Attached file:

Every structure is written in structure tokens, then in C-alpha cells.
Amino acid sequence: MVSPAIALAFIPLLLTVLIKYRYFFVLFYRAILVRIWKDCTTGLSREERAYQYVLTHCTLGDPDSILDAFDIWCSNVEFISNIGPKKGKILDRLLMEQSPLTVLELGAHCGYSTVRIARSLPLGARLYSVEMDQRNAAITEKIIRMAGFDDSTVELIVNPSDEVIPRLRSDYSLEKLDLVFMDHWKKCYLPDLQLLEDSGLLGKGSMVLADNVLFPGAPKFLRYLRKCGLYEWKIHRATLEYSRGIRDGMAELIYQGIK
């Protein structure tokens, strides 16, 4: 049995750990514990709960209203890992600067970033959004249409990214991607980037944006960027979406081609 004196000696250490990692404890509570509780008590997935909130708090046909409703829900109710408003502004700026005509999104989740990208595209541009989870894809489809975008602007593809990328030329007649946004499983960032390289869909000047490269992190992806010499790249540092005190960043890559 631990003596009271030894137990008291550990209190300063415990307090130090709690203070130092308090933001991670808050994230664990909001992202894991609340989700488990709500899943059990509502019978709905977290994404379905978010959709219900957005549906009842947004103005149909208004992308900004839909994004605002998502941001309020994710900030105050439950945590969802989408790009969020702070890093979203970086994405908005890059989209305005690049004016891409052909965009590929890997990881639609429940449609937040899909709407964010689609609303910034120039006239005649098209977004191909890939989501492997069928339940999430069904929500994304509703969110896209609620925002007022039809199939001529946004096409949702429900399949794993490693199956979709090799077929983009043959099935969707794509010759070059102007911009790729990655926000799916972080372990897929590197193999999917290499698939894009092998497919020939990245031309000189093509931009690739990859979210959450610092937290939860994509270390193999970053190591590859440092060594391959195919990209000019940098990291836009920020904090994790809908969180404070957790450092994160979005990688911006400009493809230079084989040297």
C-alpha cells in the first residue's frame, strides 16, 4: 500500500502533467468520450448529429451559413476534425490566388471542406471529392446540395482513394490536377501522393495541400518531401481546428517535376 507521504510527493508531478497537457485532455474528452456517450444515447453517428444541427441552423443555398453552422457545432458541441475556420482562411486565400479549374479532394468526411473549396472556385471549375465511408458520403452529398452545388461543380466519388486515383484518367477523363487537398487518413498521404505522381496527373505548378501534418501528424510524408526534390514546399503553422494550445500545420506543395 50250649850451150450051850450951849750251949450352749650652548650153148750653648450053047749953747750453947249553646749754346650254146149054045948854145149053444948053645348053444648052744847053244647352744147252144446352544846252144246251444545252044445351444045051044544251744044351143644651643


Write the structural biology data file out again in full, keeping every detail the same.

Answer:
Every structure is written in structure tokens, then in C-alpha cells.
Amino acid sequence: MVSPAIALAFIPLLLTVLIKYRYFFVLFYRAILVRIWKDCTTGLSREERAYQYVLTHCTLGDPDSILDAFDIWCSNVEFISNIGPKKGKILDRLLMEQSPLTVLELGAHCGYSTVRIARSLPLGARLYSVEMDQRNAAITEKIIRMAGFDDSTVELIVNPSDEVIPRLRSDYSLEKLDLVFMDHWKKCYLPDLQLLEDSGLLGKGSMVLADNVLFPGAPKFLRYLRKCGLYEWKIHRATLEYSRGIRDGMAELIYQGIK
């Protein structure tokens, strides 16, 4: 049995750990514990709960209203890992600067970033959004249409990214991607980037944006960027979406081609 004196000696250490990692404890509570509780008590997935909130708090046909409703829900109710408003502004700026005509999104989740990208595209541009989870894809489809975008602007593809990328030329007649946004499983960032390289869909000047490269992190992806010499790249540092005190960043890559 631990003596009271030894137990008291550990209190300063415990307090130090709690203070130092308090933001991670808050994230664990909001992202894991609340989700488990709500899943059990509502019978709905977290994404379905978010959709219900957005549906009842947004103005149909208004992308900004839909994004605002998502941001309020994710900030105050439950945590969802989408790009969020702070890093979203970086994405908005890059989209305005690049004016891409052909965009590929890997990881639609429940449609937040899909709407964010689609609303910034120039006239005649098209977004191909890939989501492997069928339940999430069904929500994304509703969110896209609620925002007022039809199939001529946004096409949702429900399949794993490693199956979709090799077929983009043959099935969707794509010759070059102007911009790729990655926000799916972080372990897929590197193999999917290499698939894009092998497919020939990245031309000189093509931009690739990859979210959450610092937290939860994509270390193999970053190591590859440092060594391959195919990209000019940098990291836009920020904090994790809908969180404070957790450092994160979005990688911006400009493809230079084989040297």
C-alpha cells in the first residue's frame, strides 16, 4: 500500500502533467468520450448529429451559413476534425490566388471542406471529392446540395482513394490536377501522393495541400518531401481546428517535376 507521504510527493508531478497537457485532455474528452456517450444515447453517428444541427441552423443555398453552422457545432458541441475556420482562411486565400479549374479532394468526411473549396472556385471549375465511408458520403452529398452545388461543380466519388486515383484518367477523363487537398487518413498521404505522381496527373505548378501534418501528424510524408526534390514546399503553422494550445500545420506543395 50250649850451150450051850450951849750251949450352749650652548650153148750653648450053047749953747750453947249553646749754346650254146149054045948854145149053444948053645348053444648052744847053244647352744147252144446352544846252144246251444545252044445351444045051044544251744044351143644651643